I was staying at a really nice hotel, the Salana Boutique Hotel, which had a great central location for walking around the entire city and along the Mekong River.
I grabbed a city map and decided to check out some of the Wats around the city. I ended up walking past the Presidential Palace, on the way to the first wat on my list.
I then arrived at Wat Si Saket, which was interesting because there was some type of family Buddhist pilgrimage going on at that moment.
Next on my mapped out route was Wat Haw Phra Kaew which was a beautiful wat with a lot of carved wood work. This wat was constructed in 1565 as the Lao royal family’s personal chapel.
I had checked off all the wats in the area, so headed toward the most famous wat in Vientiane, Pha That Luang. On my way, I walked through Vientiane’s Arc De Triumph, Patuxay.
After passing through Patuxay I finally made it down to the huge golden stupa of Wat That Luang….
One of the most important things to do in Vientiane, especially if you are American, would be to visit the COPE museum.
The COPE museum changed my life…
Cope is a museum dedicated to helping those who have lost limbs due to UXOs (unexploded ordnance) from the CIAs secret bombing campaign in Laos in the 60s and 70s.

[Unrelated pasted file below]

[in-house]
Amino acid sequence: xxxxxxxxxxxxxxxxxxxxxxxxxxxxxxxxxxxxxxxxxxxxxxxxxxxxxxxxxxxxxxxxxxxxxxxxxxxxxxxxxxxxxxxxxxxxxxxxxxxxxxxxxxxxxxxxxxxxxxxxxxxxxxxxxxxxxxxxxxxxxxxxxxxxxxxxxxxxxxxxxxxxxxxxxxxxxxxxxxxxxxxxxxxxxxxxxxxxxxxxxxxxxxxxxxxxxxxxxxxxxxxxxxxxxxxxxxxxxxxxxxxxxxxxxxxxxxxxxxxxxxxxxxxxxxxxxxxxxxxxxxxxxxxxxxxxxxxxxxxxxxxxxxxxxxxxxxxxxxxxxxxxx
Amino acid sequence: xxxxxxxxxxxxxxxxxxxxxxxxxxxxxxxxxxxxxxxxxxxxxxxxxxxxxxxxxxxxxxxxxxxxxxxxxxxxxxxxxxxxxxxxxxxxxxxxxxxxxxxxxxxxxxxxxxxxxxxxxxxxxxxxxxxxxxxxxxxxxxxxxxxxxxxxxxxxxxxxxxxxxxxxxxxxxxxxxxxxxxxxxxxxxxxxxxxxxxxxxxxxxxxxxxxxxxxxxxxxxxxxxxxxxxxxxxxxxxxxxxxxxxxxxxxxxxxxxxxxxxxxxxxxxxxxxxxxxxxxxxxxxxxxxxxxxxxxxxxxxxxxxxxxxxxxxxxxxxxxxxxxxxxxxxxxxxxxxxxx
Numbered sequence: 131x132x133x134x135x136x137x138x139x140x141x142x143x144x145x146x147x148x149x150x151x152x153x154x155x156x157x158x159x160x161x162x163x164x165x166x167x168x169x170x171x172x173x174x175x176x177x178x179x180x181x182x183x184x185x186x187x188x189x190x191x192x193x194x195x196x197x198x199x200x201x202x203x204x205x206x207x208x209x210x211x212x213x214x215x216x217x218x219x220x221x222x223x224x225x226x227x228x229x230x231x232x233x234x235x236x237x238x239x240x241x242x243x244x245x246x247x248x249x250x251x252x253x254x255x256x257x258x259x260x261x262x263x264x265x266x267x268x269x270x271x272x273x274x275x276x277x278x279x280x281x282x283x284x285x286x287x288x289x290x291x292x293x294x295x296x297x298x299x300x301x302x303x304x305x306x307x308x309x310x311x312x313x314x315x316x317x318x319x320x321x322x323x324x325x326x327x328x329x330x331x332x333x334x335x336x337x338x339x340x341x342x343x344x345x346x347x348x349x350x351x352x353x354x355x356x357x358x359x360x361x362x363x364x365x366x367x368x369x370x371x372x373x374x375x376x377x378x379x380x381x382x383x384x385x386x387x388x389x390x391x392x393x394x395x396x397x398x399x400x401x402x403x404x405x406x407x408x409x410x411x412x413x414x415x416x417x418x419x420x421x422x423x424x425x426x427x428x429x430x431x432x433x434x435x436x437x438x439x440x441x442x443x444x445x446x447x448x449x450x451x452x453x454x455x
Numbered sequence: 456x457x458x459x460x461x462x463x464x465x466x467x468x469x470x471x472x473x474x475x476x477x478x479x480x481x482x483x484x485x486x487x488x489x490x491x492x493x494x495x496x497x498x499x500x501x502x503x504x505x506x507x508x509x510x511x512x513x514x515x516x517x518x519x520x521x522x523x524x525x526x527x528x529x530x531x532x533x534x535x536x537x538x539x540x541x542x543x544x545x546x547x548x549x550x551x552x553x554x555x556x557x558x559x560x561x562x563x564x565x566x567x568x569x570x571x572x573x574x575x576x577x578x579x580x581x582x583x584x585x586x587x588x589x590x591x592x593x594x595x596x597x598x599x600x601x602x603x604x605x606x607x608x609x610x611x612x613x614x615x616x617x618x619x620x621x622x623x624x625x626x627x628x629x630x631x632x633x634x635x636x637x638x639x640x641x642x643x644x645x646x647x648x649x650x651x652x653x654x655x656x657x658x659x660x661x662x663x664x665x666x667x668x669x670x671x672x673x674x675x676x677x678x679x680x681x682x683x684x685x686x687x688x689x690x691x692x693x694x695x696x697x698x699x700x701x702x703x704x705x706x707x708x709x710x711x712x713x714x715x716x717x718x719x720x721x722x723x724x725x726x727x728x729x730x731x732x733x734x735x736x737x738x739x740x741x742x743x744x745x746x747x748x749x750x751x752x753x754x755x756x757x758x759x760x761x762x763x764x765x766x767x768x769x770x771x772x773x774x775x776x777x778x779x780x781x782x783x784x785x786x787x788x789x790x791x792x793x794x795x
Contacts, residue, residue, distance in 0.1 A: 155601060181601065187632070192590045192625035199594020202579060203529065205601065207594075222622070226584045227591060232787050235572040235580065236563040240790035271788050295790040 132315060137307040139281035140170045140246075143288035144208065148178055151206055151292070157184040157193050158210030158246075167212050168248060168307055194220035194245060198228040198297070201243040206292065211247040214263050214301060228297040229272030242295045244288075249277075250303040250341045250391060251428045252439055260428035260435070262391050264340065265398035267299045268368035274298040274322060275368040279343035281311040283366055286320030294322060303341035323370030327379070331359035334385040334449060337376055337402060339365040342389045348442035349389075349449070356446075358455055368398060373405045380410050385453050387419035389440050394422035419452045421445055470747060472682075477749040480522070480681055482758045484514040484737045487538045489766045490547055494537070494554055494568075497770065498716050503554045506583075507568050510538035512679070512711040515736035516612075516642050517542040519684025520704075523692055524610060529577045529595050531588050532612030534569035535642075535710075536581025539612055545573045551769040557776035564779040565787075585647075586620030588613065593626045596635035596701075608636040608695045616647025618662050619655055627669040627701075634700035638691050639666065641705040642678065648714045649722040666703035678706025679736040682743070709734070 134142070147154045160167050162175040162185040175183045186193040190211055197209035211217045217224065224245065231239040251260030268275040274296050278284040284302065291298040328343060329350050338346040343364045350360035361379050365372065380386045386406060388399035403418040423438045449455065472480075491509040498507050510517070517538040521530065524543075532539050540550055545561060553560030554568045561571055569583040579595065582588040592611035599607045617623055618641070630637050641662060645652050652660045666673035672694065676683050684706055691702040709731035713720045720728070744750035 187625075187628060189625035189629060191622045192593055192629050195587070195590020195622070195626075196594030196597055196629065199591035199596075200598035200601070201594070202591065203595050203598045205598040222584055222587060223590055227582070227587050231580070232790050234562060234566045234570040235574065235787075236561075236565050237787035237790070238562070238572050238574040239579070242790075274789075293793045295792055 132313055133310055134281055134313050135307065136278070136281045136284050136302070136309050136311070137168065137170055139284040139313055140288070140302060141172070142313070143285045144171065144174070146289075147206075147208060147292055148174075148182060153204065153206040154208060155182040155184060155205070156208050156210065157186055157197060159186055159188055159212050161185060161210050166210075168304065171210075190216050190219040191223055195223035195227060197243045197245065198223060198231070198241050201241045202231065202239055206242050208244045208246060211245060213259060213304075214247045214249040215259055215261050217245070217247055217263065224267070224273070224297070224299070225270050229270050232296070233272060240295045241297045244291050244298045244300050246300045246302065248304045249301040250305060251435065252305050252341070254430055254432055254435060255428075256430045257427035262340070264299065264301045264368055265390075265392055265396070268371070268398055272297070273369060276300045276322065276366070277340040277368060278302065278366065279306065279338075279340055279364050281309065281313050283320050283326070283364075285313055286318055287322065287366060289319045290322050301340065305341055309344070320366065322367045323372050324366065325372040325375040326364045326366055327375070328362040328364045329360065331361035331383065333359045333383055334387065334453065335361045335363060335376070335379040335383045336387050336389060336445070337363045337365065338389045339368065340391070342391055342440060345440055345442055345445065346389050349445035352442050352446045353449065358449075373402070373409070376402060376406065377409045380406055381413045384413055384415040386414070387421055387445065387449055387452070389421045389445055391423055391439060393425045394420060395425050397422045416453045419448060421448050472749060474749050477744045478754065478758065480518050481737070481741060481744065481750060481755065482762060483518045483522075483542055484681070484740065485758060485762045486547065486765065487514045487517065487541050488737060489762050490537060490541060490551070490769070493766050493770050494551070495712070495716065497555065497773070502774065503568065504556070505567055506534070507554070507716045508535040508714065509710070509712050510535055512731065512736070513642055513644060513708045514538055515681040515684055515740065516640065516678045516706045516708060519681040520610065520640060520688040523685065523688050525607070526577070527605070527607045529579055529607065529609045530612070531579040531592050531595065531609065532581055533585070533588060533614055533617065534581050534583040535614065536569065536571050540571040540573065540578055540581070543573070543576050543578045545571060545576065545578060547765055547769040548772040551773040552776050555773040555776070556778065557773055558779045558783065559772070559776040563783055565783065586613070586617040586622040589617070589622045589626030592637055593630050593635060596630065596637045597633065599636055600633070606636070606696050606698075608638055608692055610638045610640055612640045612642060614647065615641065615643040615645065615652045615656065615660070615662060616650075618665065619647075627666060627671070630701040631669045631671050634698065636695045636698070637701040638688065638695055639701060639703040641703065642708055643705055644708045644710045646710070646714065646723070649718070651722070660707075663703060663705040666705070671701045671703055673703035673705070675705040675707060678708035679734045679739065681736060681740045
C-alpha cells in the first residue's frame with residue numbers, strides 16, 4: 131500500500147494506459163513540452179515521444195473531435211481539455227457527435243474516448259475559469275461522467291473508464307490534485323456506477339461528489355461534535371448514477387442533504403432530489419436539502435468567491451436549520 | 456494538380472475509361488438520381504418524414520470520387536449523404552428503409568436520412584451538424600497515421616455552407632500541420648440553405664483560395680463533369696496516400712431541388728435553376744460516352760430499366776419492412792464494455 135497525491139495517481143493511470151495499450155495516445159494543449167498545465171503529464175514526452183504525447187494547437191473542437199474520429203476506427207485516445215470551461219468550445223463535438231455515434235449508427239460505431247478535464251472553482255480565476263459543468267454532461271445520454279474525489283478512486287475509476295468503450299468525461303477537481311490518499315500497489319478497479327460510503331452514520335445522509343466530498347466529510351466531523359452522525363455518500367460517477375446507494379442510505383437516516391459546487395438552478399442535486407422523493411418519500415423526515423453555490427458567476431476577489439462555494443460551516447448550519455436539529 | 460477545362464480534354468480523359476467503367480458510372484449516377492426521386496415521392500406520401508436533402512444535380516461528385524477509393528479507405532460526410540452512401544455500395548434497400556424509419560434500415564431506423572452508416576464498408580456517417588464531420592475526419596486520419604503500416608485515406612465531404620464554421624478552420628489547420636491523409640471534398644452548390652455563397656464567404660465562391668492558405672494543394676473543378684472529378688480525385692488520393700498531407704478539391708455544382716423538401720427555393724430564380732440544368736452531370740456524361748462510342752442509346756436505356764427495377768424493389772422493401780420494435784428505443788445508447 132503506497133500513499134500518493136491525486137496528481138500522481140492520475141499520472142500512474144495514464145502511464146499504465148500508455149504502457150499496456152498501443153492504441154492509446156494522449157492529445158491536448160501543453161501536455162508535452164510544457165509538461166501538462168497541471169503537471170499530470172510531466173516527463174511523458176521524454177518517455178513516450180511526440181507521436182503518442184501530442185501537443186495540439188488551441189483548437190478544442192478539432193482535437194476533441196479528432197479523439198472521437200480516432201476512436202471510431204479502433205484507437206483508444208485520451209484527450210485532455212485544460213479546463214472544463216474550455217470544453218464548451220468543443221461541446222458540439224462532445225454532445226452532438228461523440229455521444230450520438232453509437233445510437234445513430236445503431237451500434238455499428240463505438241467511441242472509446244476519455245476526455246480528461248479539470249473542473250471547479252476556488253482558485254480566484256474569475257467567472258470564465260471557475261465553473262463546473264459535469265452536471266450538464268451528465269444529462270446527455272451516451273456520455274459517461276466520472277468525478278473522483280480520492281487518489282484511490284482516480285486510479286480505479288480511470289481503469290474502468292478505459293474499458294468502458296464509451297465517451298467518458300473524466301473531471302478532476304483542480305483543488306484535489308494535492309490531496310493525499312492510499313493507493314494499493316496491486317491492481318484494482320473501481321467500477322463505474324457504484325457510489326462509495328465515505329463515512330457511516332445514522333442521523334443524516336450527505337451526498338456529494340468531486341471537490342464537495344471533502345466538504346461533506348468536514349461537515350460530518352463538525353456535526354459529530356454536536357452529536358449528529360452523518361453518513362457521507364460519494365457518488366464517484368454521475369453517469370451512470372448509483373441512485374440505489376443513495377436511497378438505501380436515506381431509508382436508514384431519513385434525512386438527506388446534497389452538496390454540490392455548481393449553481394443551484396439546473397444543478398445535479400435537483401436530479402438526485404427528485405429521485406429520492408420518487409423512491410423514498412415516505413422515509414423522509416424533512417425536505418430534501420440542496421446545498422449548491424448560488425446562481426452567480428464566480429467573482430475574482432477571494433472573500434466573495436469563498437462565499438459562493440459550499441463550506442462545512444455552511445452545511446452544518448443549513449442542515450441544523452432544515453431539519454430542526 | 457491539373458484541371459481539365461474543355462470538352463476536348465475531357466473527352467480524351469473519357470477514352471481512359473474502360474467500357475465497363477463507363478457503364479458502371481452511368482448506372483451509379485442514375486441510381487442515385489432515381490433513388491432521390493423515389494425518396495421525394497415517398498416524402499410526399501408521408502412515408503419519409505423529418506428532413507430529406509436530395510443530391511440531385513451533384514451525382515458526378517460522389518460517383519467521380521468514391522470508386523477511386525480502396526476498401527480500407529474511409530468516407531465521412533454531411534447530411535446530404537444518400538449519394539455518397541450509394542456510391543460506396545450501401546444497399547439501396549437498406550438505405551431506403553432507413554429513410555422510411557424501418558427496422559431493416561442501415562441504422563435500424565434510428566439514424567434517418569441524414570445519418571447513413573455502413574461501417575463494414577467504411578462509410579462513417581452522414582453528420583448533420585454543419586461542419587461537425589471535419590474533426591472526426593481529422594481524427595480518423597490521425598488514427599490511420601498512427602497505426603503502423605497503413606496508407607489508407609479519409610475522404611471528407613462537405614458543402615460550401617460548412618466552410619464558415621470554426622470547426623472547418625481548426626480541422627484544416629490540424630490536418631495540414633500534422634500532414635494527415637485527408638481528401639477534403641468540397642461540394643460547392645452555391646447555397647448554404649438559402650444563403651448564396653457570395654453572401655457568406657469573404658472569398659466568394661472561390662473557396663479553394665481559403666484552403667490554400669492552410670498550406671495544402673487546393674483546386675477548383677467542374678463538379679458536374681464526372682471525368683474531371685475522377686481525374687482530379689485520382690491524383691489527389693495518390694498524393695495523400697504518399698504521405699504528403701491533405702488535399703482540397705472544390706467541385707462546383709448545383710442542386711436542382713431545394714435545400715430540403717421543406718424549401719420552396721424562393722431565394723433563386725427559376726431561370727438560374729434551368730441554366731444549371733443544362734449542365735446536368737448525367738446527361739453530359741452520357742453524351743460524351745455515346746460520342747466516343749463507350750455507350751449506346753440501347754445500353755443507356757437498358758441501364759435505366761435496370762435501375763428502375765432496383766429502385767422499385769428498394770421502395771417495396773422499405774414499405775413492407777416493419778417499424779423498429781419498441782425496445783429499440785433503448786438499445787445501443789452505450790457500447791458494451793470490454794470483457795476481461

Most of the world doesn’t know that the People’s Democratic of Laos is to this day, the most heavily bombed country per capita in the world –Ever. More than 580,000 bombing missions were conducted over Laos , one every 8 minutes, 24 hours a day for 9 years totaling over 2 Million pounds of ordinance.
Then we left Vietnam, and with it over 80 Million unexploded bombies behind us in Laos, for them to deal with for generations…
To this day, over 100 people per YEAR in Laos die from the remaining bombies, and this does not even include those injured and maimed when a UXO detonates.
COPE is a non-profit organization that provides orthotic/prosthetic devices and rehabilitation to Laotian UXO survivors as well as education for children and communities on bombies and what to do if they see one.
In the yard at COPE, there were several people with prosthetics playing soccer…. and in the museum, there was a blind man walking around with a blind man’s cane tucked under his arm pit, no forearms and a prosthetic leg, using the stick as a guide and walking around talking to people. I’m embarrassed, but I was so ashamed to be from the US, that I avoided talking to him because I felt awful for our lack of social responsibility.
That evening I went to dinner at a restaurant called Makphet that I had read about. Makphet is run by an organization that teaches street kids life skills and also has an attached store with crafts in it. The store’s profits go toward poor families so they can keep their kids in school, instead of forcing them to work on the streets.
Although a world away from the US, my Thanksgiving gave me a lot to think about…
The next morning, I got up at 4:30AM to watch the almsgiving ceremony. This is one of the most special things to do in Vientiane.
In Buddhism, giving of alms is the beginning of one’s journey to Nirvana, the belief is that the more a person gives without seeking something in return, the wealthier one will become.
Here is a video of the monks chanting after receiving some alms:
I then went for a run and watched the sun rise over the Mekong… Vientiane is a sleepy city, but it is definitely one that makes you contemplate life.